To demonstrate that GenoGAM 2.0 leads to the same results than GenoGAM 1.0 we have regenerated benchmark analyses of the first paper [3]. The first benchmark is a differential occupancy application that demonstrates that GenoGAM has greater sensitivity for same specificities than alternative methods (Fig. 5ab). The second benchmark shows that GenoGAM is on par with alternative methods to infer peak summit positions in ChIPSeq data of transcription factors (Fig. 5c). Consistently, with the fact that GenoGAM 2.0 fits the same function than GenoGAM 1.0, the performance on these two benchmarks matched.
These improvements have required us to reimplement the fitting of generalized additive models, since GenoGAM 1.0 was based on an generic R package for fitting generalized additive models. We have restricted the implementation so far to the negative binomial distribution. Therefore, application to methylation data, which requires the quasibinomial distribution, is not yet supported.
Conclusion
We have significantly improved the implementation of GenoGAM [3] on three main aspects: Data storage, coefficient estimation and standard error computation. We showed its runtime and memory footprint to scale linearly with the number of parameters per tiles. As a result, GenoGAM can be applied overnight to gigabasescale genome datasets on a typical lab server. Runtime for megabase genomes like the yeast genome is within minutes on a standard PC. Finally, our algorithmic improvements apply to GAMs of long longitudinal data and can therefore be relevant for a broader community beyond the field of genomics.
Availability and requirements
Project name: GenoGAM
Project home page: https://github.com/gstricker/fastGenoGAM
Operating system(s): Platform independent
Programming language: R, C++
Other requirements: R 3.4.1 (https://cran.rproject.org/) or higher
License: GPL2
Abbreviations
 ChIPSeq:

chromatin immunoprecipitation with massively parallel DNA sequencing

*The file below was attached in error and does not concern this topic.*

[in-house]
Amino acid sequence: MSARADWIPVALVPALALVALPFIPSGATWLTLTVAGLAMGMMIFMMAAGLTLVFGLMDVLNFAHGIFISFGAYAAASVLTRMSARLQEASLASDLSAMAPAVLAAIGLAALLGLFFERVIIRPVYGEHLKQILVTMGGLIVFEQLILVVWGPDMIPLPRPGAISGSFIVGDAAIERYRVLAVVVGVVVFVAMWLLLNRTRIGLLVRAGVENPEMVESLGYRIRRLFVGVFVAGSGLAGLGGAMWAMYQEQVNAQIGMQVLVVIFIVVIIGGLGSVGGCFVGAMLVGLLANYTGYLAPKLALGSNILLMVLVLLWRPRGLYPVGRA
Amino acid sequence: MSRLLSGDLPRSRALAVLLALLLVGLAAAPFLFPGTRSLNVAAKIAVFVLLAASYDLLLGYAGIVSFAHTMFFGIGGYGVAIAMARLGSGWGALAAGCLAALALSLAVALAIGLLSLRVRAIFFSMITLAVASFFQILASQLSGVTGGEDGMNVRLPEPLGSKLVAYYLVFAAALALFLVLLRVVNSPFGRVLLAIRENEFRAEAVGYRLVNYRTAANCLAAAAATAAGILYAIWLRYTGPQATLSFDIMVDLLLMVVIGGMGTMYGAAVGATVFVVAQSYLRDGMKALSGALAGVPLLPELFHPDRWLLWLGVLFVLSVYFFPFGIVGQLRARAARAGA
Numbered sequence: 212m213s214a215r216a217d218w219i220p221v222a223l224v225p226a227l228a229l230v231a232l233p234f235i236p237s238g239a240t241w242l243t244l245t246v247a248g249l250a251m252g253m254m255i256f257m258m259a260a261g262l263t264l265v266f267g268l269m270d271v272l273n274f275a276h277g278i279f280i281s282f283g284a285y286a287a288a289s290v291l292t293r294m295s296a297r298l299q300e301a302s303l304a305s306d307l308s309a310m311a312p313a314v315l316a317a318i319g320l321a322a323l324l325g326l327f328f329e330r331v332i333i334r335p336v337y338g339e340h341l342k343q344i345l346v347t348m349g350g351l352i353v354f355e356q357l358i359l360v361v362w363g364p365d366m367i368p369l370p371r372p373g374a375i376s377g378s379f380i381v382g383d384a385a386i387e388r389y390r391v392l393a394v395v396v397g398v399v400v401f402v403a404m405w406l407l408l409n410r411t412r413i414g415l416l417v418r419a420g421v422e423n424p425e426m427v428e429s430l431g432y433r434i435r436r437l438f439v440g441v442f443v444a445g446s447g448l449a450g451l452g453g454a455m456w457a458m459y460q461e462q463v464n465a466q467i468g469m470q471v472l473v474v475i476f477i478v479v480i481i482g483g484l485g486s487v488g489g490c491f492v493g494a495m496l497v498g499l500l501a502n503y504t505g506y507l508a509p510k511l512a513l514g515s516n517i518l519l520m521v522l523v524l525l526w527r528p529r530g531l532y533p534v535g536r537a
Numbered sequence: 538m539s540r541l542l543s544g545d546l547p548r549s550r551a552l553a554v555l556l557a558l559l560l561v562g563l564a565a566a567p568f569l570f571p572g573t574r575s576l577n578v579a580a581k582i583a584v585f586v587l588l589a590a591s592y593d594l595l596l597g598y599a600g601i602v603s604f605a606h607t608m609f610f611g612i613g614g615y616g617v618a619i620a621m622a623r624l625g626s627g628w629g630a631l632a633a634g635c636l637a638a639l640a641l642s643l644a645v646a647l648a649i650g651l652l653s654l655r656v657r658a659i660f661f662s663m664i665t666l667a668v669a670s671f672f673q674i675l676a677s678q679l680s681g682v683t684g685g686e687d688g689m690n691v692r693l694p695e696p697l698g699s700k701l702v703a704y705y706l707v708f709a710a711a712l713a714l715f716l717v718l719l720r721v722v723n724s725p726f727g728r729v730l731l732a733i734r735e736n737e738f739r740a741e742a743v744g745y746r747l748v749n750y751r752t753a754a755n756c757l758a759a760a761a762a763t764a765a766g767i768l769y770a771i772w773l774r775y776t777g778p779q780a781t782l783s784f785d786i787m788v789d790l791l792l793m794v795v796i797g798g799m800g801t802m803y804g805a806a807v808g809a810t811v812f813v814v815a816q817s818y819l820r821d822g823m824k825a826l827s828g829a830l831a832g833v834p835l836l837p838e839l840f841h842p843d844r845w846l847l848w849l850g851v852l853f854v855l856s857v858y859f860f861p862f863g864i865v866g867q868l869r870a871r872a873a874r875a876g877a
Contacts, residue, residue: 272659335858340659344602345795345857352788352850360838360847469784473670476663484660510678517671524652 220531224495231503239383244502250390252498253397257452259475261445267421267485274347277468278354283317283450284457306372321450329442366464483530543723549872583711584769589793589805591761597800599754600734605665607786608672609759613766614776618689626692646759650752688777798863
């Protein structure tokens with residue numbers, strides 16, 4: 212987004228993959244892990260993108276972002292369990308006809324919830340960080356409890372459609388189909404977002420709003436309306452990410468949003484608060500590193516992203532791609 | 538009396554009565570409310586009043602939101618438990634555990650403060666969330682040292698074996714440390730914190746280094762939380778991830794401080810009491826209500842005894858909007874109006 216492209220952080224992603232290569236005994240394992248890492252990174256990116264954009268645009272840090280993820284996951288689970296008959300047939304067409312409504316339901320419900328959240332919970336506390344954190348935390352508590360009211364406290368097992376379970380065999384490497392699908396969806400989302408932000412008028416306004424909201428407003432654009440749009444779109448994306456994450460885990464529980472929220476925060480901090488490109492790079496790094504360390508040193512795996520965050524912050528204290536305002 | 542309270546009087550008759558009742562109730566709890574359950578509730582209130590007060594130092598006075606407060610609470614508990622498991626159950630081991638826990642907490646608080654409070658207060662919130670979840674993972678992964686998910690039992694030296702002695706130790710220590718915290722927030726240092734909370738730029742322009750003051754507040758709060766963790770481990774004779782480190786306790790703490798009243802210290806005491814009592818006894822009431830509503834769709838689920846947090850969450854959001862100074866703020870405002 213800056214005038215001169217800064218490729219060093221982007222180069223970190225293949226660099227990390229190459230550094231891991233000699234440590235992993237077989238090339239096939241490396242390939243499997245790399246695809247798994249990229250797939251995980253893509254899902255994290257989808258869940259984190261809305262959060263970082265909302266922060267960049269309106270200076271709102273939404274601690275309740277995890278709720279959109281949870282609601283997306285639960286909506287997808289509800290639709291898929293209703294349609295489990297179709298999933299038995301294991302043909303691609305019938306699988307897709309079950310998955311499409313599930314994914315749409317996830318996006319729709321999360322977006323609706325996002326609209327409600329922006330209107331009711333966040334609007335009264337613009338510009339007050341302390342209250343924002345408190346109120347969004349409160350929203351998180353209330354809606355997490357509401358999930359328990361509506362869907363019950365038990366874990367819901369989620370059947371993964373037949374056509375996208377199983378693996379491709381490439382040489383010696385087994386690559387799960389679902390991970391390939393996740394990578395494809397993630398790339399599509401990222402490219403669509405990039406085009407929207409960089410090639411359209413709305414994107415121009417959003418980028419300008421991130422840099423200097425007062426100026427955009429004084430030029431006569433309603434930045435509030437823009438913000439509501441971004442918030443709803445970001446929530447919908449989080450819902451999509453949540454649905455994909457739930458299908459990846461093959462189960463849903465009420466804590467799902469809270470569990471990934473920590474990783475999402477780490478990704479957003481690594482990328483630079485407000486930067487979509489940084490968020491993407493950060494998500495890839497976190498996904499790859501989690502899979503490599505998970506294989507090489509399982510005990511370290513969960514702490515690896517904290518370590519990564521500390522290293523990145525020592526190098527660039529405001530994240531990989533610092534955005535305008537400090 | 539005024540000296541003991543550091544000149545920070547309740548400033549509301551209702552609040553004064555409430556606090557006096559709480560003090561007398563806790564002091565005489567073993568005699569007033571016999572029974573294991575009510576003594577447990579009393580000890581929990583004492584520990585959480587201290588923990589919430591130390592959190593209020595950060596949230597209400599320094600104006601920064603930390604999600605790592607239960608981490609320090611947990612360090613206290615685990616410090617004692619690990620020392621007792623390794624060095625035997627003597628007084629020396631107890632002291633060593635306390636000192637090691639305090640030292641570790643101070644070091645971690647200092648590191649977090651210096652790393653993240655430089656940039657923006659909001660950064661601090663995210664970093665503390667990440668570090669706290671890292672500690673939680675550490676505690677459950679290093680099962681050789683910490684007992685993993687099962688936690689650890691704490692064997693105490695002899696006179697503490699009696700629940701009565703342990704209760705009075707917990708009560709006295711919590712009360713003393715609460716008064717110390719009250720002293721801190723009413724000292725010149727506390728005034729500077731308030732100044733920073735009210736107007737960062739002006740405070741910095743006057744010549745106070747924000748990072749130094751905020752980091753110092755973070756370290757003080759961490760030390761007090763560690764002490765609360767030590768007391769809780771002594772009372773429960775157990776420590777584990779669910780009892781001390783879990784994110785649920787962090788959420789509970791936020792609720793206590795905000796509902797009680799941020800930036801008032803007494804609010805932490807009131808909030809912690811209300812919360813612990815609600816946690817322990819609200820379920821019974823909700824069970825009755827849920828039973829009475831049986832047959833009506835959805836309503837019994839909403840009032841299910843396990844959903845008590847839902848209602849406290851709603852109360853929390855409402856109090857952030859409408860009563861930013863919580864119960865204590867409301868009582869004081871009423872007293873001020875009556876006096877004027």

GAM:

Generalized additive model
 HDF5:

Hierarchical data format
 IP:

Immunoprecipitation
 NB:

Negative binomial distribution
 Psplines:

Penalized Bsplines
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Acknowledgements
We thank Alexander Bertram, Parham Solaimani, Martin Morgan and Hervé Pagès for support and advice during the implementation of the second version of GenoGAM, Thomas Huckle and Simon Wood for fruitful discussions and advice on sparse matrix methods.
Funding
This project has received funding from the European Union’s Horizon 2020 research and innovation program under grant agreement No. 633974 (J.G. and G.S.). This work was supported by the German Research Foundation (DFG) and the Technical University of Munich within the funding program Open Access Publishing. The funding bodies played no role in the design of the study, the collection, analysis, or interpretation of data or in writing the manuscript.
Availability of data and materials
The datasets analyzed during the current study are available from ENCODE:
∙ CEBPB: https://www.encodeproject.org/experiments/ENCSR000EHE
∙ FOXA1: https://www.encodeproject.org/experiments/ENCSR267DFA
∙ IRF9: https://www.encodeproject.org/experiments/ENCSR926KTP
∙ KLF1: https://www.encodeproject.org/experiments/ENCSR550HCT
∙ MAFG: https://www.encodeproject.org/experiments/ENCSR818DQV
∙ MNT: https://www.encodeproject.org/experiments/ENCSR261EDU
∙ NRF1: https://www.encodeproject.org/experiments/ENCSR135ANT
Yeast data analyzed during this study is included in this published article from Thornton et al. [23].
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Conceived the project and supervised the work: JG Developed the software and carried out the analysis: GS, MG and JG Wrote the manuscript: GS and JG All authors read and approved the final version of the manuscript.
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Stricker, G., Galinier, M. & Gagneur, J. GenoGAM 2.0: scalable and efficient implementation of genomewide generalized additive models for gigabasescale genomes. BMC Bioinformatics 19, 247 (2018). https://doi.org/10.1186/s1285901822387
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DOI: https://doi.org/10.1186/s1285901822387